Drug checking (also known as pill testing or adulterant screening) allows people who use drugs to help identify the substance they intend on taking and therefore prevent harms associated with consuming an unknown substance. Simple identification methods, such as reagents and drug checking strips, can help prevent drug-related injury and overdose.
Drug checking services have been a part of Europe’s nightlife and music scene since the 1990’s. Organizations like DanceSafe have also brought drug checking services to music festivals and dance events in the United States. Both these movements have primarily targeted music event attendees using drugs such as MDMA and often rely upon on-site reagent drug checking methods.
Reagents (also known as spot or colorimetric tests) are liquid drops that can be applied to a small sample of a substance with minimal user training. A chemical interaction identifies the presence of certain substances contained in the sample based on color changes and corresponding codes.
Results take about 30 seconds and allow users to identify a variety of substances, including methamphetamine, opiates, MDMA, LSD, and cathinones (“bath salts”). DanceSafe also sells drug testing kits (costing between $20-$25 for 50 uses) to the public.
More recently, as fentanyl-related drug overdose deaths have increased dramatically, fentanyl checking strips, originally designed for urine drug tests, are now being used off label to test for the presence or absence of fentanyl and fentanyl analogs in the illegal drug supply. Drug checking strips allow users to dissolve a small sample of a drug into water, insert a test strip, and look for an indicator line alerting the user to the presence of fentanyl. Strips are single use and cost $1-2 per test.
A February 2018 John Hopkins University study showed that the testing strips could detect the presence of fentanyl nearly 100 percent of the time. In May 2017, the California Department of Public Health began paying for fentanyl checking strips that could be distributed to people who use drugs at syringe exchange programs. Similar programs have also popped up in New York, Ohio, Maryland, North Carolina, Massachusetts, and elsewhere.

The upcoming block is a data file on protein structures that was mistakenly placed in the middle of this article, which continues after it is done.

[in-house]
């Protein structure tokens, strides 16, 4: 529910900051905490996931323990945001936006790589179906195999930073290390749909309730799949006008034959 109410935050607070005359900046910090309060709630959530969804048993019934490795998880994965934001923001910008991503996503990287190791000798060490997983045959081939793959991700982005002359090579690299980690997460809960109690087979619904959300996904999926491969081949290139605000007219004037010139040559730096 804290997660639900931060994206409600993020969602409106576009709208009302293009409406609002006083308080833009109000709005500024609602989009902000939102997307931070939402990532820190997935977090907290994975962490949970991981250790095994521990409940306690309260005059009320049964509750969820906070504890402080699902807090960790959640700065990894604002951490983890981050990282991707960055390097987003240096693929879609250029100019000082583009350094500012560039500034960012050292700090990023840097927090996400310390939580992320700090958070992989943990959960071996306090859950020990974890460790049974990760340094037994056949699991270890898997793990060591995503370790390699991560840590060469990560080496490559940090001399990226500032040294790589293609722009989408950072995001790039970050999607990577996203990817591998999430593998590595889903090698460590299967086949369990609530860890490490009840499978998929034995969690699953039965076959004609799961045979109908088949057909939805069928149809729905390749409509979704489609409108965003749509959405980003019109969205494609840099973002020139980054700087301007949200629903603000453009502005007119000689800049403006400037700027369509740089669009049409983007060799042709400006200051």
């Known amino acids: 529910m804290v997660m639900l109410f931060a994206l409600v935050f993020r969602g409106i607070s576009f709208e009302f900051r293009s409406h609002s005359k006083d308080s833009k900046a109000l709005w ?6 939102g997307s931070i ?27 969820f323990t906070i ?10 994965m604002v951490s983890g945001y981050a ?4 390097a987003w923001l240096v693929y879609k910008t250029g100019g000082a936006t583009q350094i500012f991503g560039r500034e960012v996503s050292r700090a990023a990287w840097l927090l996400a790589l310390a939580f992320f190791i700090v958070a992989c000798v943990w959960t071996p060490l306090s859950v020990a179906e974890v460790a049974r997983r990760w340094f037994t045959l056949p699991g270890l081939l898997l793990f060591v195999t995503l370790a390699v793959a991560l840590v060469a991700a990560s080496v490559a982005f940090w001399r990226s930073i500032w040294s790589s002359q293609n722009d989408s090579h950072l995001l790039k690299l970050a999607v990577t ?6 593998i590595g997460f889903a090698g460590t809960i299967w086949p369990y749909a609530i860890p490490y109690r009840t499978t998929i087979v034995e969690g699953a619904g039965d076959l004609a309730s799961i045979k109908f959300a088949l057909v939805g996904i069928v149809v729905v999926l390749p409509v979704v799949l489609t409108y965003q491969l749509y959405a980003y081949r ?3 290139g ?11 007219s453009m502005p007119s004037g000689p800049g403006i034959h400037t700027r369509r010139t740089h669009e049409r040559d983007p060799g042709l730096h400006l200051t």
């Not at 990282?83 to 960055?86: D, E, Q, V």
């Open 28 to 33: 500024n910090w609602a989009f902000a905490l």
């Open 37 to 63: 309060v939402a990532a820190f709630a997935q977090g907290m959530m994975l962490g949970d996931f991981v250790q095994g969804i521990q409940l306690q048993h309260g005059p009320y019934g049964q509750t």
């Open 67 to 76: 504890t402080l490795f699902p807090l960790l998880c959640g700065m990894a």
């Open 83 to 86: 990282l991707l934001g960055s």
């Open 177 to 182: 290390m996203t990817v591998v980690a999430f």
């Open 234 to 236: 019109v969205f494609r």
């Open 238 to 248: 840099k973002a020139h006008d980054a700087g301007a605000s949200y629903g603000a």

Research shows that individuals want to know what is in their drug supply, and, in particular, if their drugs contain fentanyl. Of 335 people in one study, 256 people (76%) thought they had unknowingly consumed fentanyl. Of the whole sample, 85% responded that they want to know about the presence of fentanyl before using drugs and most participants wanted to know “the amount of fentanyl (86%) and the presence of other substances (87%).”
Awareness of fentanyl contamination reduces overdose risk by prompting individuals to not use the adulterated drugs, use more slowly, use with others who have naloxone, or to change purchasing behaviors.
Drug testing is also a common harm reduction strategy utilized by the nightlife, dance, and festival communities and ensures that people have an understanding of what they are consuming so they can better manage any potential negative consequences of consumption.
Making drug checking equipment and services available to the public would lower the number of deaths and hospitalizations and also allow for real-time tracking of local drug trends.
Reagent kits, fentanyl checking strips, and other drug checking equipment and supplies are arguably defined as drug paraphernalia and state legislatures and regulatory agencies should provide legal exemptions to ensure wide scale access to this life-saving intervention as well as dedicated funding.
The Drug Policy Alliance (DPA) is working to create access to drug checking equipment and was instrumental in recently amending DC and Maryland law to exempt drug checking supplies from the state paraphernalia code and in California to expand the definition of exempted harm reduction materials.
DPA’s #SaferPartying campaign explains various forms of drug checking to partygoers, connects them to sources to acquire reagent kits and testing strips, and advocates for festival producers to adopt drug checking into their events as part of a comprehensive harm reduction strategy.